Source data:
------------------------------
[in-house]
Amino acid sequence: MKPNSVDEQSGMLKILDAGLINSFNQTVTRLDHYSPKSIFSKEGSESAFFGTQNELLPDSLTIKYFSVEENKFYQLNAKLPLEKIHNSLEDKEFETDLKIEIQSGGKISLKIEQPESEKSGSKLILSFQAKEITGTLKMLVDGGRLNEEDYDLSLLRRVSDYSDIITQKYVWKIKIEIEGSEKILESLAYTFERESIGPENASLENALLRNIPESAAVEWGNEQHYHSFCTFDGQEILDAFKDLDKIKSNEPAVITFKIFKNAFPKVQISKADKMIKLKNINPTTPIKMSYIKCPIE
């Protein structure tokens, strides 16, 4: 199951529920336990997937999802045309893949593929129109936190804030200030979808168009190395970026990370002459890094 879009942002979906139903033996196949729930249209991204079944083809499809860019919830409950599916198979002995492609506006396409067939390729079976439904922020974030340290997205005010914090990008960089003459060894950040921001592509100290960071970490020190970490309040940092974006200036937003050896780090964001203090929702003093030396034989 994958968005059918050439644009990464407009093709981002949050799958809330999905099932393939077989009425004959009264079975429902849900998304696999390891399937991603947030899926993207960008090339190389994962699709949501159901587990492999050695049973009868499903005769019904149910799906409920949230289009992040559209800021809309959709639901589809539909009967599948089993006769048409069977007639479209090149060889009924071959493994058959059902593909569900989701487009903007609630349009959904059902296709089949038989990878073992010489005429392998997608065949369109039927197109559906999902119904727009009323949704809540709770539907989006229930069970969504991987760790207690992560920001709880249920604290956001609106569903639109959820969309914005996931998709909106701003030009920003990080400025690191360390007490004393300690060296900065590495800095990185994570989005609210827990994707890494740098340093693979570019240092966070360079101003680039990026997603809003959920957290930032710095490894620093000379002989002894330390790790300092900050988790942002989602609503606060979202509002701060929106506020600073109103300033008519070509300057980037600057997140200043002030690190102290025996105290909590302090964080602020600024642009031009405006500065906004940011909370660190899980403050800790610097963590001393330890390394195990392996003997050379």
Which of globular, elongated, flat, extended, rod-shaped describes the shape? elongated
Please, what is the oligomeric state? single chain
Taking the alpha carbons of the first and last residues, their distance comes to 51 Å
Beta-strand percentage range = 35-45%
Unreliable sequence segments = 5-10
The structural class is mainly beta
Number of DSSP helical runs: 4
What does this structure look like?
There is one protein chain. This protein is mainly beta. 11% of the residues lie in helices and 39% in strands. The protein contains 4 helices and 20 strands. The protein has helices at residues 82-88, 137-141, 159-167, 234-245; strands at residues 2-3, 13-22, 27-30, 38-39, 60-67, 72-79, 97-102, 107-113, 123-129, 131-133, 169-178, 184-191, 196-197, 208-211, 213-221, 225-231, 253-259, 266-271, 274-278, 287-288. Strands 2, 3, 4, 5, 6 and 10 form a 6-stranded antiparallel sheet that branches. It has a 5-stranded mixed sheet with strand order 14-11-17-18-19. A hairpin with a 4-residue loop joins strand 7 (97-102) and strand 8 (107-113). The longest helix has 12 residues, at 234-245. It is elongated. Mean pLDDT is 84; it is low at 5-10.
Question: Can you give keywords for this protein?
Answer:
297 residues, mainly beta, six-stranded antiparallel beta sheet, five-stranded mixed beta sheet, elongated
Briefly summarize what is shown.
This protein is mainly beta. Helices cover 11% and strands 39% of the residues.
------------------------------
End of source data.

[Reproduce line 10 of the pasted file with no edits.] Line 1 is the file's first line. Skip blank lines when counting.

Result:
Number of DSSP helical runs: 4